Modernising parliamentary democracy

Marriage from hell: what can Australia’s coalition tell us about the Tory-DUP government?

Marriage from hell: what can Australia’s coalition tell us about the Tory-DUP government?

For the first time in British history, the Conservatives will be forced to rely on the hardline, illiberal Democratic Unionist Party (DUP) to push through legislation. It is also the first time in the modern era that the British government will be forced to rely on a party with a strong sense of regional identity […]

A return to two-party politics? Don’t believe it

A return to two-party politics? Don’t believe it

The snap election may have seen the biggest combined vote between the two main parties since 1970, but this is not the result of lost voters returning to their political homes, writes Darren Hughes. On the contrary, it is the outcome of 21st century voting patterns playing out within a broken 19th century voting system. Similar PostsNo one won […]

How groupthink in Theresa May’s No 10 led to another round of political chaos

How groupthink in Theresa May’s No 10 led to another round of political chaos

The UK’s political turmoil continues with a disastrous Conservative election campaign. But what led to the multiple miscalculations involved? Patrick Dunleavy argues that it forms part of a wider pattern of mis-governing from the centre of Whitehall – and it has characterised Theresa May’s leadership style from the outset. Similar PostsNo one won this General Election – and […]

Plagued by delays: the June election is bad news for the Intelligence and Security Committee

Plagued by delays: the June election is bad news for the Intelligence and Security Committee

The only two female members of the Intelligence and Security Committee are leaving the Commons at the general election, and the whole Committee will have to be re-formed after June. Andrew Defty says one of its reports has been rushed out before the election with the government’s redactions unchallenged, and a long-delayed inquiry into the UK intelligence […]

Over-mighty executive: since 1997, Britain has been drifting towards elective dictatorship

Over-mighty executive: since 1997, Britain has been drifting towards elective dictatorship

Since 1997, simple parliamentary majorities have been used to radically alter the constitutional make-up of the UK. Devolution and the creation of the Supreme Court have transformed the country’s institutions. Nat le Roux argues that this is evidence of a growing imbalance of power. The executive can change the institutions of state at will – often […]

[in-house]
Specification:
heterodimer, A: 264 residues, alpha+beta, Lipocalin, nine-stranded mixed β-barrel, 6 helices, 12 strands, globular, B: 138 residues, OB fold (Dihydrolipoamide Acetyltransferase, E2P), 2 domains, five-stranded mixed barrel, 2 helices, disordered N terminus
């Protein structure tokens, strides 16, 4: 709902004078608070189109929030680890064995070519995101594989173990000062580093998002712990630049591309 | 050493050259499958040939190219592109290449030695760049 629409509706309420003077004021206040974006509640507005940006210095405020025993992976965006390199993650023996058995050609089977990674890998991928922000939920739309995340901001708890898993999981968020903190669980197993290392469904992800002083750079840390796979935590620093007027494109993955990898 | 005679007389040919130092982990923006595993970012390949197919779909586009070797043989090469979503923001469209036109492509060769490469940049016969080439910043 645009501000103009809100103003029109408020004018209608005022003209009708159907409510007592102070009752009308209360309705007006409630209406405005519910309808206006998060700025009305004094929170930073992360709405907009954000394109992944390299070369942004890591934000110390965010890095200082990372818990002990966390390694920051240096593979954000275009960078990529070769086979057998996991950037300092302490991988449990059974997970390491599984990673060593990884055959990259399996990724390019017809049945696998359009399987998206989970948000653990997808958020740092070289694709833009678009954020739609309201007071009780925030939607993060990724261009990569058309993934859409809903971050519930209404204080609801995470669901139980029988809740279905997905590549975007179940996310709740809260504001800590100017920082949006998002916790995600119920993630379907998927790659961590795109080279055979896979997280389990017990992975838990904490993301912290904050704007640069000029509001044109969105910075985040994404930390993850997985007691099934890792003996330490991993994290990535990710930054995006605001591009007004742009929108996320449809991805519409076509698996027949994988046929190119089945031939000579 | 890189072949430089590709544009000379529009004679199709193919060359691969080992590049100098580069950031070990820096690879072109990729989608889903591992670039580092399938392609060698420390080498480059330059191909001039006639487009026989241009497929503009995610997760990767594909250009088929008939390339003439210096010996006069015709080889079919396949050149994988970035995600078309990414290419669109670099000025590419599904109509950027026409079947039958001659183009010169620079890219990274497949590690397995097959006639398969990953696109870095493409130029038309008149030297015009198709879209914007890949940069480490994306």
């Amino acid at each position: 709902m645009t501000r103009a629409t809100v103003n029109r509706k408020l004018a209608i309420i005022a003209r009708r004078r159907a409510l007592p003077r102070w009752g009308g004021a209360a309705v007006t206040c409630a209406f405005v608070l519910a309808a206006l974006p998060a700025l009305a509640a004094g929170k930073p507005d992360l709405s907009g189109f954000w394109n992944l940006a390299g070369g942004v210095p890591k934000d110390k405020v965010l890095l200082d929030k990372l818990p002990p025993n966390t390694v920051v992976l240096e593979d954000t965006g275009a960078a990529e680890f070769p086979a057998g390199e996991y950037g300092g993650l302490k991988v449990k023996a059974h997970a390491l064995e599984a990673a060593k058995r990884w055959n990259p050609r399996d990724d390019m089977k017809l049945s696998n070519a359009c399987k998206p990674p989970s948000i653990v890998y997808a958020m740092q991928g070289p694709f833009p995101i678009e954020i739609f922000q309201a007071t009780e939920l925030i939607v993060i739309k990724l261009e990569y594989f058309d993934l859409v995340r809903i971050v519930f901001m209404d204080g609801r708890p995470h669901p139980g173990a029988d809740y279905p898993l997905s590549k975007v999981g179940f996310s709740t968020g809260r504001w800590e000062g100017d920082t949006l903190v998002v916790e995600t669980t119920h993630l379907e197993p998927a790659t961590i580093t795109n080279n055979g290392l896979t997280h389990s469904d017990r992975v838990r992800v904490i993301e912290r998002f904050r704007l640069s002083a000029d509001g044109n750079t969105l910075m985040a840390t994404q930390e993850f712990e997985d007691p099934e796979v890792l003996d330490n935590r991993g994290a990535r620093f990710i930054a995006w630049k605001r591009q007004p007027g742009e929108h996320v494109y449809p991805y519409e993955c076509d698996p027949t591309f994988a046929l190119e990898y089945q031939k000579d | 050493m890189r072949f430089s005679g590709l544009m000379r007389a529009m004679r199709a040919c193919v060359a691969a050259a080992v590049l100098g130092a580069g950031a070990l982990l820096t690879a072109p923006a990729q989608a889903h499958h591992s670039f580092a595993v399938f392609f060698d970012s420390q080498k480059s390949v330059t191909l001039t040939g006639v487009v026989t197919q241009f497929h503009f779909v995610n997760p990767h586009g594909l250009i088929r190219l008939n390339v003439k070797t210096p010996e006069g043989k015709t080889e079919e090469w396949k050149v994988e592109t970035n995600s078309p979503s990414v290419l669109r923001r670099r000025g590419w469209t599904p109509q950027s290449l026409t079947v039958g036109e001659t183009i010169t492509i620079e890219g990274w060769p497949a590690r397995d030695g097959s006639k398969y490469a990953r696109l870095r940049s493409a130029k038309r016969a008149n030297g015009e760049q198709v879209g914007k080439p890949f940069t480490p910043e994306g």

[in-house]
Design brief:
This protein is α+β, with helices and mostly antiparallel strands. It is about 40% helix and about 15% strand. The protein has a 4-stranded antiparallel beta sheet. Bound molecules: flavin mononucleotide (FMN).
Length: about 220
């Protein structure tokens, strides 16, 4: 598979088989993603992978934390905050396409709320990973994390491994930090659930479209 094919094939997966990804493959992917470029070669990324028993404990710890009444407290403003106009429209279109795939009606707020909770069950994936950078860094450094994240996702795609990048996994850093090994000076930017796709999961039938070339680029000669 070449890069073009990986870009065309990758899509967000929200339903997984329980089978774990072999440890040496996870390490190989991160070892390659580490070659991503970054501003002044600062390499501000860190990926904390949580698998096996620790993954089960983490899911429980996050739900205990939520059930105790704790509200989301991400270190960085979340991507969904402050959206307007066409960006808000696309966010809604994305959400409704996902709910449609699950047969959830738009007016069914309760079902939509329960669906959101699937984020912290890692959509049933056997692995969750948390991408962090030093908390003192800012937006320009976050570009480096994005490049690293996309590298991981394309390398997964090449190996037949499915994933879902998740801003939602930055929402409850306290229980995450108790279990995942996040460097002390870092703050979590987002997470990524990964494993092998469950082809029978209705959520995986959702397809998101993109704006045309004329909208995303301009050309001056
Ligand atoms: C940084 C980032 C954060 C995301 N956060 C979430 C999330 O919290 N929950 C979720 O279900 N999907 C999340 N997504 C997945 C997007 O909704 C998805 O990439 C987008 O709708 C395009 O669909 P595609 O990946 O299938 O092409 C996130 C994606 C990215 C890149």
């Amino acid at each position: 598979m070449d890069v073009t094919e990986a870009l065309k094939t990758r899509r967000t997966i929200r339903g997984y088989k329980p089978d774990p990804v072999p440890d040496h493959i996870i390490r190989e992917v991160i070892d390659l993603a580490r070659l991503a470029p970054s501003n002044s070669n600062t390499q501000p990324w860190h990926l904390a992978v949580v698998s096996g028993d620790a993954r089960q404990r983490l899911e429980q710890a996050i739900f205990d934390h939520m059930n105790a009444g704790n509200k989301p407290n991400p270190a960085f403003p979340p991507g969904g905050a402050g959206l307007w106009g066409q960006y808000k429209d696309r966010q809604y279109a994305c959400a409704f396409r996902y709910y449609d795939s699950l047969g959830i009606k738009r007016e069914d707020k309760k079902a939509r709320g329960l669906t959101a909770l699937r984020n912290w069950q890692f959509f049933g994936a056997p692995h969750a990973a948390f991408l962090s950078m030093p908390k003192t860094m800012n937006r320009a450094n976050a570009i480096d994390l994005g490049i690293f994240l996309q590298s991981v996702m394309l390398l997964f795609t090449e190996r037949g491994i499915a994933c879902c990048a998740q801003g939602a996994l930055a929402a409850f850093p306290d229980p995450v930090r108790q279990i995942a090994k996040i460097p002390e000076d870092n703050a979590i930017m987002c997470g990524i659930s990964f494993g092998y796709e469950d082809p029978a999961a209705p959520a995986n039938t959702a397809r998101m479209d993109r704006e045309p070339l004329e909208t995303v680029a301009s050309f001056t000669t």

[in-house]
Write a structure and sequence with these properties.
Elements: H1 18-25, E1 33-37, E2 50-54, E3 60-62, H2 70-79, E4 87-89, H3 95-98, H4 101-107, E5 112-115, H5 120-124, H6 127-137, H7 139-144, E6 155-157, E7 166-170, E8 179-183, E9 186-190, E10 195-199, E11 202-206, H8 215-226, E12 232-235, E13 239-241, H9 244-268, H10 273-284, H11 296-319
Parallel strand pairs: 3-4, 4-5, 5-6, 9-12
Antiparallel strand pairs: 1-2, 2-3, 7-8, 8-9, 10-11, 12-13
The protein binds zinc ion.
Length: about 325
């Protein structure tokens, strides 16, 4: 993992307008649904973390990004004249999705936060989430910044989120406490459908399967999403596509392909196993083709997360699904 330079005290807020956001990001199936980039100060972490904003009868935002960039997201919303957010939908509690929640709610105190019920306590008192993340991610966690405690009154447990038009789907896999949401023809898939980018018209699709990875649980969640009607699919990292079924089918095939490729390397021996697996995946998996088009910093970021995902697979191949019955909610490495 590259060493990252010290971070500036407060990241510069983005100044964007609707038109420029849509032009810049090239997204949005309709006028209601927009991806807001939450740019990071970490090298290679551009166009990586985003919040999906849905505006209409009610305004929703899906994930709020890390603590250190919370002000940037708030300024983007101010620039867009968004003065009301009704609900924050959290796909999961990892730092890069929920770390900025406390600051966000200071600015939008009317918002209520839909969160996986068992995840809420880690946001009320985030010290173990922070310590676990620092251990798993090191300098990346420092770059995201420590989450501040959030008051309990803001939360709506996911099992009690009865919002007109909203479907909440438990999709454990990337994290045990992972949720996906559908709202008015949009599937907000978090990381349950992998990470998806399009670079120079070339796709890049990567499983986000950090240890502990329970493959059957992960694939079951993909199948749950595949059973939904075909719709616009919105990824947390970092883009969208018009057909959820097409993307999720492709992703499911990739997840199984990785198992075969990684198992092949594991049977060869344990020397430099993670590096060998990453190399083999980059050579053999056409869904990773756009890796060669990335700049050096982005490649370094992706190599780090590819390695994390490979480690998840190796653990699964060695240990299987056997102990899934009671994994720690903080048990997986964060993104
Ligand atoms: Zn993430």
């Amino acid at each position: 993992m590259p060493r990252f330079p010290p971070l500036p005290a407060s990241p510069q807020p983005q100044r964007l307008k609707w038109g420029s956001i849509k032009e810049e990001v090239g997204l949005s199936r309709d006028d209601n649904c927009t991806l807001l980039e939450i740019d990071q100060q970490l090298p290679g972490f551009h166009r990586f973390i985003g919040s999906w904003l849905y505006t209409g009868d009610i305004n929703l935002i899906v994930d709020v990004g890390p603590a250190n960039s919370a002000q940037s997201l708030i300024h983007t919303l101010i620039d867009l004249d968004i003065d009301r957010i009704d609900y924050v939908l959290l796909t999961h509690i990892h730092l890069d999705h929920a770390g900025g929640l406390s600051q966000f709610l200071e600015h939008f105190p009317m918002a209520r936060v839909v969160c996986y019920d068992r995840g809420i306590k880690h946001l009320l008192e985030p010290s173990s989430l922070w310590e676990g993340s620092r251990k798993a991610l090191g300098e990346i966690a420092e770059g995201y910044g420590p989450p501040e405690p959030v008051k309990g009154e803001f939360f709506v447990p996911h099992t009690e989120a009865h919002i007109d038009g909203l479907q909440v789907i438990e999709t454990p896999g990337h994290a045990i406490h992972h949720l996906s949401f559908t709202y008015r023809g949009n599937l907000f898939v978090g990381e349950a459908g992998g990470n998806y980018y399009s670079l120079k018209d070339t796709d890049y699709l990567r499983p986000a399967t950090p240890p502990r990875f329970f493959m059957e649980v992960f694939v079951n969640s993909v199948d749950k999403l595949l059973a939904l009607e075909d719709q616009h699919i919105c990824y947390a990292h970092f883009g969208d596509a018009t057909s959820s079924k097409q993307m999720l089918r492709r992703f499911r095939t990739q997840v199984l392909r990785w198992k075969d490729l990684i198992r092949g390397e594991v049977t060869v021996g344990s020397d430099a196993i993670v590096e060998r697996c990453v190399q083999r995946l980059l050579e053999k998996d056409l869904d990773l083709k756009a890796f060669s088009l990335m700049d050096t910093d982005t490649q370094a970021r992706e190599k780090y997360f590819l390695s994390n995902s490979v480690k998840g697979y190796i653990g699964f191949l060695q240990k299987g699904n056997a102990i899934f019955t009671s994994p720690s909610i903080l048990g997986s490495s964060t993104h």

Gender equality in Parliament: how random selection could get us there

Gender equality in Parliament: how random selection could get us there

Would choosing the second chamber by sortition be an effective way to achieve a 50:50 balance between men and women? John Dryzek argues that the upper chamber – in Australia as in the UK, a deliberative forum – would be a good place to start, and looks at ways to ensure women sitting in deliberative […]

The trouble with Jeremy Corbyn: five tests the Labour leader is failing

The trouble with Jeremy Corbyn: five tests the Labour leader is failing

Much of the Parliamentary Labour Party want to replace Jeremy Corbyn, and his popularity among the general public is low. Yet he was resoundingly re-elected by party members last autumn. Patrick Diamond assesses the Labour leader’s performance as an opposition leader according to five criteria, and concludes the risk of a Labour schism between ‘principles’ and […]

Women are still outnumbered on Commons select committees

Women are still outnumbered on Commons select committees

Figures from the Select Committee Data Archive Project reveal that women are still outnumbered on Commons select committees, despite a steady increase of female MPs in Westminster. Sophie Wilson looks at the numbers on gender balance of select committees since 1979 and what they mean for parliamentary scrutiny. Similar PostsSelect committees are becoming increasingly significant, […]

Why do the French hate their politicians so much?

Why do the French hate their politicians so much?

The French distrust their politicians and democratic institutions – more so than other Western Europeans. Why? Emiliano Grossman and Nicolas Sauger, authors of Pourquoi détestons-nous nos politiques?, argue that the French presidential system raises unreasonable hopes and expectations that quickly lead to disillusionment among voters. Similar PostsEmmanuel Macron and En Marche! – left, right or […]

It’s time for an end to special religious privileges: we need a secular state

It’s time for an end to special religious privileges: we need a secular state

Should the Anglican peers in the Lords be joined by religious leaders from other faiths? Ought the BBC be required to make religious programmes? Should religious groups enjoy more legal protection? The Commission on Religion and Belief in British Public Life set out 37 recommendations – which, argues Steven Kettell, are deeply problematic in a society […]

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